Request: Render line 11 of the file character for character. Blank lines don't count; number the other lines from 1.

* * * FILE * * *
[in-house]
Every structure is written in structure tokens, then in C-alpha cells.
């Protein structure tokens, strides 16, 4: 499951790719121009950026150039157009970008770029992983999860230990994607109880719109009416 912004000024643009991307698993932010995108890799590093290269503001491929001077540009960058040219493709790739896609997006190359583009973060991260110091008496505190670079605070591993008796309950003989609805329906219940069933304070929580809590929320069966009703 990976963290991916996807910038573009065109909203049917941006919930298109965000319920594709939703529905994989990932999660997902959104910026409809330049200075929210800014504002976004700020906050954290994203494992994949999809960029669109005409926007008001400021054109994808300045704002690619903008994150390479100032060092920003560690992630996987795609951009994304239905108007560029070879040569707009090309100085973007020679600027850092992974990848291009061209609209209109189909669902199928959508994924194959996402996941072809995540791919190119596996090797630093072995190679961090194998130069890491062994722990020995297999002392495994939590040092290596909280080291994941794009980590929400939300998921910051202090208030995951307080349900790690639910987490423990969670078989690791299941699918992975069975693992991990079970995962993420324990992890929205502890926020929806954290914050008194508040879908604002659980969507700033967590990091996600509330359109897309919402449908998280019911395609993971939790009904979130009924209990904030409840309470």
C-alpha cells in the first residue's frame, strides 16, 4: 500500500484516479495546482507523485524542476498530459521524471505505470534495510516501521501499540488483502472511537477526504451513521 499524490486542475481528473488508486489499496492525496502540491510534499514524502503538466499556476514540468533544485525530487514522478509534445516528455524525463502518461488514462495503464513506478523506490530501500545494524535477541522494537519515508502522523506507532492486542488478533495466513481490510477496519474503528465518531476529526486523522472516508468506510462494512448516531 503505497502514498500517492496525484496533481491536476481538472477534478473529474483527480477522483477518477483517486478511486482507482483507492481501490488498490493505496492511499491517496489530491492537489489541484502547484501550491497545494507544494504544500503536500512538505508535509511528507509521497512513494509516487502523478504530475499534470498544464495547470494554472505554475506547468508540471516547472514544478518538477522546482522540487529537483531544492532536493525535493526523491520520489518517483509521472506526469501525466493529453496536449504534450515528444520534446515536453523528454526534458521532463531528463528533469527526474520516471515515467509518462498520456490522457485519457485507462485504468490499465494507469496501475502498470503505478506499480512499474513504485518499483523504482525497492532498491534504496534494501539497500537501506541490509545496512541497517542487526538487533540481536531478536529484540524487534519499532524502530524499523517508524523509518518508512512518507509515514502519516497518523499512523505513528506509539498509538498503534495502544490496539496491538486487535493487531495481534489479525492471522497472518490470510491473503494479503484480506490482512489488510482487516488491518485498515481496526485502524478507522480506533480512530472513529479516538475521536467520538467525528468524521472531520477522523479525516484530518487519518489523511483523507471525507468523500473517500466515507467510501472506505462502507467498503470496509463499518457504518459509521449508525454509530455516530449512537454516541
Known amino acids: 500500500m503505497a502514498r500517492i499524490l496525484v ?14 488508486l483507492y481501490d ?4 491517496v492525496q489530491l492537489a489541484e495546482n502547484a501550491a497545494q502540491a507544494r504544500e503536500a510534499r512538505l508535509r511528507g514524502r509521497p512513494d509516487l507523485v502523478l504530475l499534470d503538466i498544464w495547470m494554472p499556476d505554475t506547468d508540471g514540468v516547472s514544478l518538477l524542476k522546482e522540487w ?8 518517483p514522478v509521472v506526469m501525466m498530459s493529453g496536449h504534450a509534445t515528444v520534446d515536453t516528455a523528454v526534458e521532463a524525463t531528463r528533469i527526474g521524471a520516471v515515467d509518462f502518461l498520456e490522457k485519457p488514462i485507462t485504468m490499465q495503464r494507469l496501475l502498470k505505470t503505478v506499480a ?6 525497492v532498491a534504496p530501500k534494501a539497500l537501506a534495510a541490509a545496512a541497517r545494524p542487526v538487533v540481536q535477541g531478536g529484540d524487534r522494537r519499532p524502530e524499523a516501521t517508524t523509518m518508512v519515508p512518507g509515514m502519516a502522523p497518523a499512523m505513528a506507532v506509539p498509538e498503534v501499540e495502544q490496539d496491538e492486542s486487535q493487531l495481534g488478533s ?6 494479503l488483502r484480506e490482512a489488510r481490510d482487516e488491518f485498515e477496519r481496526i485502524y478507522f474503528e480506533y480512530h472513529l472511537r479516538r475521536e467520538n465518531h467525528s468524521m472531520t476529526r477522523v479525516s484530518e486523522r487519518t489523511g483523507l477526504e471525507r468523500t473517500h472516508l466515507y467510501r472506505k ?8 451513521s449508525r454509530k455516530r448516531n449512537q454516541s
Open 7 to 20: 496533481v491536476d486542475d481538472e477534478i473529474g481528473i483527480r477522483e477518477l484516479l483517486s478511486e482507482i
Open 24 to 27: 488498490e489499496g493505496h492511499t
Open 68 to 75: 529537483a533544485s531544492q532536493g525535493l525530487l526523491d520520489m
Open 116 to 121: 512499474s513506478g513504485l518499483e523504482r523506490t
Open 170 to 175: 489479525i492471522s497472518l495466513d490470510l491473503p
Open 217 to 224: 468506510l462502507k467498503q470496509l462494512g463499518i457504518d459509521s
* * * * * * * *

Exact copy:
Open 217 to 224: 468506510l462502507k467498503q470496509l462494512g463499518i457504518d459509521s